For a while now, I have been dogged by compliments. Compliments about how good I look. Compliments on how strong I seem. But above all, compliments on how much better I appear.

And I want to appreciate it. I want to feel pride in my immense accomplishments, or at the very least joy in the chance that have been given to me. I know that these words are only meant positively. But for some reason, all I feel is discomfort. An instinct to protest, to evade the label of ‘better’.

And that doesn’t make any sense. After all, in many ways, I am better. I am better at managing my energy. Better at managing my medications. I am stronger. I look more fit.

I should take pride in that. After all, I have been working incredibly hard, for over a year, to bring my body to this state of relative balance.

When I think of each individual achievement, I do feel a certain amount of pride. When I think of how, over a period of 7 months, I progressed from walking 100m to 5km. When I think of the endless hunt for medical care, working through countless doctors and drugs, creating diaries of side effects, pain levels, and triggers, finally landing on the correct medication. I feel as though I have worked hard for my recovery, and I feel good about that effort that I have invested.

But for some reason, I balk when someone tells me how much better I am.

And maybe it’s not simply the compliment. Maybe it’s the surrounding attitude.

For the past several weeks, I have noticed a distinct change in how others approach me. Those who did not meet my eyes now feel comfortable enough to joke at my expense. I am not given an easy out for a commitment anymore, and my needs are not a priority in the formation of plans.

And a big part of me loves it. Relishes it. Because it feels so normal. It feels like the past few years never really happened, like I’m the same person I always was. And everyone is happy about it, and willing to jump right back in where we left off.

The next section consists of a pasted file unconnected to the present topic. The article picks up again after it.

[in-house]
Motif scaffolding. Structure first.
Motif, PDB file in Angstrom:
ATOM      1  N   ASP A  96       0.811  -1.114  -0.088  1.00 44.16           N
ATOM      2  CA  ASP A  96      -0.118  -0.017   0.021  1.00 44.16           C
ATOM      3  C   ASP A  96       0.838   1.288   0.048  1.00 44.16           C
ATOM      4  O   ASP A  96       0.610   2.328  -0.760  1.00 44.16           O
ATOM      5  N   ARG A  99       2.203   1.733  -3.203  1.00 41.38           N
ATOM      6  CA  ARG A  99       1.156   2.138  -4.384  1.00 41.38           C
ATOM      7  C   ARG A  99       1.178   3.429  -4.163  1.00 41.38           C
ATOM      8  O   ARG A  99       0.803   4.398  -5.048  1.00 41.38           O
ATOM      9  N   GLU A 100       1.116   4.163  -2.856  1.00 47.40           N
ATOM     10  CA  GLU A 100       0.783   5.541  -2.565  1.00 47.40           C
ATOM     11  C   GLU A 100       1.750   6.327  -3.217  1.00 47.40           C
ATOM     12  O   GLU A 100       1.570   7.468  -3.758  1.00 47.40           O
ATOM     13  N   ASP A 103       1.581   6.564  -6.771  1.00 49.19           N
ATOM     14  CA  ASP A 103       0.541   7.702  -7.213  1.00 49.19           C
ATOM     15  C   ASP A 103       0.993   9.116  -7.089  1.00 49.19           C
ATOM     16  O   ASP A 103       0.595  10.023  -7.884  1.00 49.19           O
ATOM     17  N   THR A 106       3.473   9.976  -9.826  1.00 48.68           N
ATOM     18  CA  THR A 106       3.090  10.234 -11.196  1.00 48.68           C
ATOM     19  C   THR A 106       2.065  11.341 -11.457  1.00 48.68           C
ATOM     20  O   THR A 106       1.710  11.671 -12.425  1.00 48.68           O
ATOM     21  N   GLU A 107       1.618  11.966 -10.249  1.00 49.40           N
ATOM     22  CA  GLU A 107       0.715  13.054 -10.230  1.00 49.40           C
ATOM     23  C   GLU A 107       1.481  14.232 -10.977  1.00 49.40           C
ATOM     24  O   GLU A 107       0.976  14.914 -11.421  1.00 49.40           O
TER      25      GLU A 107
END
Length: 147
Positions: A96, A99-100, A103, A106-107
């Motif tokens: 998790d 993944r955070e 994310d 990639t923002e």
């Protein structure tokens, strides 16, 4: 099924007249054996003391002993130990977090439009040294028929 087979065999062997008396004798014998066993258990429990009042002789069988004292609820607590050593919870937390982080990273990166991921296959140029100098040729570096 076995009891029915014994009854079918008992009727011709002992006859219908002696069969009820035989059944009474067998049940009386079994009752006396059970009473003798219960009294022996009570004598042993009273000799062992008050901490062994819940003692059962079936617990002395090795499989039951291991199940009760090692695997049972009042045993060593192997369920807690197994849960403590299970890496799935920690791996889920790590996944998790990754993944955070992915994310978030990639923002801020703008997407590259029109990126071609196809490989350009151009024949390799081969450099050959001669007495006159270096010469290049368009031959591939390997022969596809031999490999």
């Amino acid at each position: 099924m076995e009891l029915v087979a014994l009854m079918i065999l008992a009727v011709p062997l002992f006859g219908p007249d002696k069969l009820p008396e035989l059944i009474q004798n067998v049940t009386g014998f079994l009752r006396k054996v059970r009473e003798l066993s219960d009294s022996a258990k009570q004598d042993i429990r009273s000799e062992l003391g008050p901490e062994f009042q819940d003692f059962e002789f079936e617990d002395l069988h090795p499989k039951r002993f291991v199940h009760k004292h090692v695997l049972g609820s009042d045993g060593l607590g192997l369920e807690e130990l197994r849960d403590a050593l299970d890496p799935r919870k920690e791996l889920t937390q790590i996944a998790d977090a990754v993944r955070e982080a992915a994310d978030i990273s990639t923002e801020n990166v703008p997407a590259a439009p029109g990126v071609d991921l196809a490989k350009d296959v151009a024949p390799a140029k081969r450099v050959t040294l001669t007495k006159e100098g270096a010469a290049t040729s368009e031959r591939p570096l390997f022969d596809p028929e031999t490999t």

It’s wonderful, it really is. But it’s also a lie.

The past few years did happen. They changed me in ways that I am only now beginning to appreciate, both physically and emotionally.

And while my physical condition and management have dramatically improved, I am not cured. I still live with chronic illness. There are still days when part of my body simply refuses to function, still mornings that I wake up unable to rise out of bed for hours. And there always will be.

Yes, I am better. I am astonishingly better. I am better at managing my condition, my time, my life. I am even physically stronger.

But I am also not. My condition has not disappeared. My work ethic has not changed.

To react to me differently now, now that my struggles have turned invisible once more, feels unfair. To gush about my current condition seems to darken the me that was, such a very short time ago.

And maybe that’s why I bristle at the kind words, meant only to please me. To encourage me.

Regardless of my physical condition, I am, and always have been, nothing more or less than myself.

I am strong, fighting just as hard as I did when I had nothing to show for it.

I am smart, rationing my energy just as precisely as I tracked my symptoms.

I am many things, and they have remained constant.

My outer layer, my appearance, my superficial abilities may be altered. May even be better.

But I’m not.

I’m not better.

I’m just me.

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  • I think healthy individuals have a hard time differentiating between “better than before” and “all the way better.” And also the fact that “better than before” is not always permanent. When you are healthy, it is hard to think of health on a continuum because in your experience you are either sick or not sick (like with a cold or flu). I feel like we need better language than the word “better” to describe this!

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